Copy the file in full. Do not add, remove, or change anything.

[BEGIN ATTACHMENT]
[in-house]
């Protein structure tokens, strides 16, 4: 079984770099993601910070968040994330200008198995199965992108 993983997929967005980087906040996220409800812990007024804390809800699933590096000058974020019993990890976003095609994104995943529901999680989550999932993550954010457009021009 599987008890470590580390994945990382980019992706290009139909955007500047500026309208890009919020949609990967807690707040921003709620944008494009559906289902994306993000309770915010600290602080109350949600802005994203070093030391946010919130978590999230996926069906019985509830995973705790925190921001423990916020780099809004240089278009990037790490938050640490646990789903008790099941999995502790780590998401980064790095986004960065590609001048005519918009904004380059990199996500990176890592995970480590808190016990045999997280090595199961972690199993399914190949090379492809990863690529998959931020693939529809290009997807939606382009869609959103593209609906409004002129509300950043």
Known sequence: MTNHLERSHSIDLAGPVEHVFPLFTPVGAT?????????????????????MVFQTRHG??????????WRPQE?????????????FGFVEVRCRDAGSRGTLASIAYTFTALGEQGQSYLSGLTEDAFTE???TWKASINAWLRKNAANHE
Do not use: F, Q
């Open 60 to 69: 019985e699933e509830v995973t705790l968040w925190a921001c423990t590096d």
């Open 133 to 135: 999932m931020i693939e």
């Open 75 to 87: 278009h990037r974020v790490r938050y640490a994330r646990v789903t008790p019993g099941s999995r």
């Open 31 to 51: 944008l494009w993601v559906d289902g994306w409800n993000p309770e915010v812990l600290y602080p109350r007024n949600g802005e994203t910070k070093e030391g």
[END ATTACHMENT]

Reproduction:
[in-house]
């Protein structure tokens, strides 16, 4: 079984770099993601910070968040994330200008198995199965992108 993983997929967005980087906040996220409800812990007024804390809800699933590096000058974020019993990890976003095609994104995943529901999680989550999932993550954010457009021009 599987008890470590580390994945990382980019992706290009139909955007500047500026309208890009919020949609990967807690707040921003709620944008494009559906289902994306993000309770915010600290602080109350949600802005994203070093030391946010919130978590999230996926069906019985509830995973705790925190921001423990916020780099809004240089278009990037790490938050640490646990789903008790099941999995502790780590998401980064790095986004960065590609001048005519918009904004380059990199996500990176890592995970480590808190016990045999997280090595199961972690199993399914190949090379492809990863690529998959931020693939529809290009997807939606382009869609959103593209609906409004002129509300950043």
Known sequence: MTNHLERSHSIDLAGPVEHVFPLFTPVGAT?????????????????????MVFQTRHG??????????WRPQE?????????????FGFVEVRCRDAGSRGTLASIAYTFTALGEQGQSYLSGLTEDAFTE???TWKASINAWLRKNAANHE
Do not use: F, Q
């Open 60 to 69: 019985e699933e509830v995973t705790l968040w925190a921001c423990t590096d």
């Open 133 to 135: 999932m931020i693939e």
């Open 75 to 87: 278009h990037r974020v790490r938050y640490a994330r646990v789903t008790p019993g099941s999995r």
């Open 31 to 51: 944008l494009w993601v559906d289902g994306w409800n993000p309770e915010v812990l600290y602080p109350r007024n949600g802005e994203t910070k070093e030391g």